Look at any recent social media post promoting Prodigy and you’ll see a slew of messages and comments from fans overseas. Most are polite, simply enquiring about if and when the series will be made available in their neck of the woods. And Star Trek’s social media team ignores every last one of them – just as they did last year when fans were clamouring for information about Lower Decks.
There has been no official word from ViacomCBS or the Star Trek social media teams about Prodigy’s international debut – and there won’t be. They simply do not care enough to even give a non-answer like “coming soon.” Instead, fans are left to shout into the void, bang our heads against a wall of silence, and whatever other metaphor you can think of for trying to get information from an uncaring corporation.
Last year there was an excuse – a piss-poor one, but an excuse nevertheless: the pandemic. Disruption to production and broadcast schedules – especially post-production work on Discovery Season 3 – meant that last-minute changes were necessary. Lower Decks was bumped up to be broadcast ahead of Discovery, and there wasn’t time to sort out the international rights. That excuse is bullshit, of course, because as I said last year it’s still up to ViacomCBS to broadcast or delay the series, meaning they could have waited to ensure fans everywhere could watch it together. But this year even that paltry excuse no longer applies.
There are two reasons why: Prodigy’s production hasn’t been impacted by the pandemic to anywhere near the same extent, and as already discussed, ViacomCBS owns Nickelodeon and has the option to broadcast the series on a channel that they own in 70+ countries around the world.
I want ViacomCBS and Paramount+ to succeed because I want Star Trek to succeed and continue to be produced. But if the corporation is so callous and uncaring when it comes to fans like me, what am I supposed to do? It’s a toxic relationship right now; a one-way relationship with no reciprocity. Prodigy is supposed to be a series that will bring in new fans to Star Trek – but it’s also supposed to be a show with a lot to offer to Star Trek’s existing fans. For “business reasons,” though, only certain fans that ViacomCBS deems important enough or worthy will be permitted the privilege of watching the series.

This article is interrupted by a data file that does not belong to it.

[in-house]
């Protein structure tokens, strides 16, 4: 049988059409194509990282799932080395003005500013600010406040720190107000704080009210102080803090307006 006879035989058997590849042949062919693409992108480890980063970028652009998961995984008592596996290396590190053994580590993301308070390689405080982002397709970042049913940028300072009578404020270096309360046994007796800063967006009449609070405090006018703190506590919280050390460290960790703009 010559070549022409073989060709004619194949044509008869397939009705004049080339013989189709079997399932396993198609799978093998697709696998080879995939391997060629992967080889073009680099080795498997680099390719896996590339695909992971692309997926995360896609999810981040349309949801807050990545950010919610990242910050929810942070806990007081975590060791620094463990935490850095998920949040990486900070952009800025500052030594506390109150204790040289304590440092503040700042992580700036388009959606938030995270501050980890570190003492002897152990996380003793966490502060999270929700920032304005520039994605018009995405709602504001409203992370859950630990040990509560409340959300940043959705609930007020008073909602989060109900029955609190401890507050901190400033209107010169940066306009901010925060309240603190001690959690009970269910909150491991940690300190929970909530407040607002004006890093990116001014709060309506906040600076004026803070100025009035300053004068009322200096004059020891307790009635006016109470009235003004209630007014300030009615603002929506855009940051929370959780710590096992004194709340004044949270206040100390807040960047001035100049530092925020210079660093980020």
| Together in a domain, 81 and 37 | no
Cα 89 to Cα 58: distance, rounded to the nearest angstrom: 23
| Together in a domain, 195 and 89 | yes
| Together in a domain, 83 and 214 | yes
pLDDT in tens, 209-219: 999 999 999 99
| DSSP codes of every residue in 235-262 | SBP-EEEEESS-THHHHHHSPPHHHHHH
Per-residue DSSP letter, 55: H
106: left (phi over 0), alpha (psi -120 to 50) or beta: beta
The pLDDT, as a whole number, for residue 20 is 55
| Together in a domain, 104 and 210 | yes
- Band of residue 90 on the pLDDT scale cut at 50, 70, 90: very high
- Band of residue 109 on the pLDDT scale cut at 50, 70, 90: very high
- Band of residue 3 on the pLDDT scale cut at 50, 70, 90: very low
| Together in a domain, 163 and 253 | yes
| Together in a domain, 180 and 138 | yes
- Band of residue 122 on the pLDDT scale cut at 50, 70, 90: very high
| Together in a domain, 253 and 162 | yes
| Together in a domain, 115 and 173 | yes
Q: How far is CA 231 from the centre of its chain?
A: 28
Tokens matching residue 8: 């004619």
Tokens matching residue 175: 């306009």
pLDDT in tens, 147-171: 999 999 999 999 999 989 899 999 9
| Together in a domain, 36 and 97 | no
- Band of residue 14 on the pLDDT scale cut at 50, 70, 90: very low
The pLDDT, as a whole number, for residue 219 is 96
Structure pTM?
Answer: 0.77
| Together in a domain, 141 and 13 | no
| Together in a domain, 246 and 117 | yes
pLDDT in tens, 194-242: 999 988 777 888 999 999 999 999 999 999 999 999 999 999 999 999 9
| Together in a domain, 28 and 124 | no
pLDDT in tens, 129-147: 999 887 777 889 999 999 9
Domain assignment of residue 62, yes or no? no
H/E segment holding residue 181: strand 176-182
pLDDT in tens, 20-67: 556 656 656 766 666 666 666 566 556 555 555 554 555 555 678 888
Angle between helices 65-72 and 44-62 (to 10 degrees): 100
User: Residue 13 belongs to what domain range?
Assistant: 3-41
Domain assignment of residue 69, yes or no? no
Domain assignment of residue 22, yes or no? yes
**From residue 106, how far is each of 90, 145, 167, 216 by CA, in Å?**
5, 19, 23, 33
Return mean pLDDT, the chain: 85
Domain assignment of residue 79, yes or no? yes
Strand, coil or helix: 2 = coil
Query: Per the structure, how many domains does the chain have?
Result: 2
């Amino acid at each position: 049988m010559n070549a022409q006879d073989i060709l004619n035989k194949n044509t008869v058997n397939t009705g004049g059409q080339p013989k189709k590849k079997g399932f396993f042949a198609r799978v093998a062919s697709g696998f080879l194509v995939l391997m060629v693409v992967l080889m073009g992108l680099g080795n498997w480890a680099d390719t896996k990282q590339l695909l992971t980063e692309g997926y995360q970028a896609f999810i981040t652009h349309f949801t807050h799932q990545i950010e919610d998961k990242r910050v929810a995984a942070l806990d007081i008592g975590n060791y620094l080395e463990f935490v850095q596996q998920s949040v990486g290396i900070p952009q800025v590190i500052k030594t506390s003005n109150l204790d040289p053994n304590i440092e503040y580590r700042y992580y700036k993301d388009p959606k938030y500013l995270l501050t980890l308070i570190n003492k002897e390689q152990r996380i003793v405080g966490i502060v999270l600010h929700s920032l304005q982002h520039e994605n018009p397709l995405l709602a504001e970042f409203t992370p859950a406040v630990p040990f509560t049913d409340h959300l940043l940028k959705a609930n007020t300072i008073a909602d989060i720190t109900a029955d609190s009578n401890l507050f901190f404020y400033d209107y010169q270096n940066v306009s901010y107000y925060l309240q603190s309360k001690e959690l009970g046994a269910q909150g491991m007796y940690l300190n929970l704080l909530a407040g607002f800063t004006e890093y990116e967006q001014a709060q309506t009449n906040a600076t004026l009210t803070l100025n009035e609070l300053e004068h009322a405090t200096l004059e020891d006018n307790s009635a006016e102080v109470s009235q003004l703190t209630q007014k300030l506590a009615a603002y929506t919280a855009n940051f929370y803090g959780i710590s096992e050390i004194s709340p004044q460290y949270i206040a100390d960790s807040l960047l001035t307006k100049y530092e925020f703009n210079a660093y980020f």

In 2021, with the global interconnected fandom that ViacomCBS pushed to create, segregating a series or film geographically is indefensible. A delay of a day or two between regional broadcasts might be acceptable – though there’s no technical reason why, given the technologies involved. But to broadcast a new show in one location and not even give lip service to when it might be available anywhere else? It’s wrong – and more than that, it’s stupid and self-defeating from a business perspective.
ViacomCBS wants as many people as possible to tune in to Star Trek. They want as many kids as possible to watch Prodigy, and I would assume they’re planning to sell merchandise based on the show as well – though the lack of any obvious Prodigy merchandise so far is yet another indication of the moronic and amateurish way the corporation is handling its biggest brand. But if the goal is to get fans excited and talking about the show, hyping it up in the run-up to its premiere and generating the kind of online buzz that makes television shows a success, cutting off at least half the fanbase is the dumbest and most idiotic thing the corporation could possibly do.
From Game of Thrones to Squid Game, online chatter is what drives people to check out a new television series. People who love something and who are passionate about it tell their friends and their social media followers, and that engagement drives people to the show – and the platform that hosts it. By deliberately and intentionally preventing many Trekkies from accessing Prodigy, ViacomCBS has killed a lot of the hype and excitement that the show could have generated.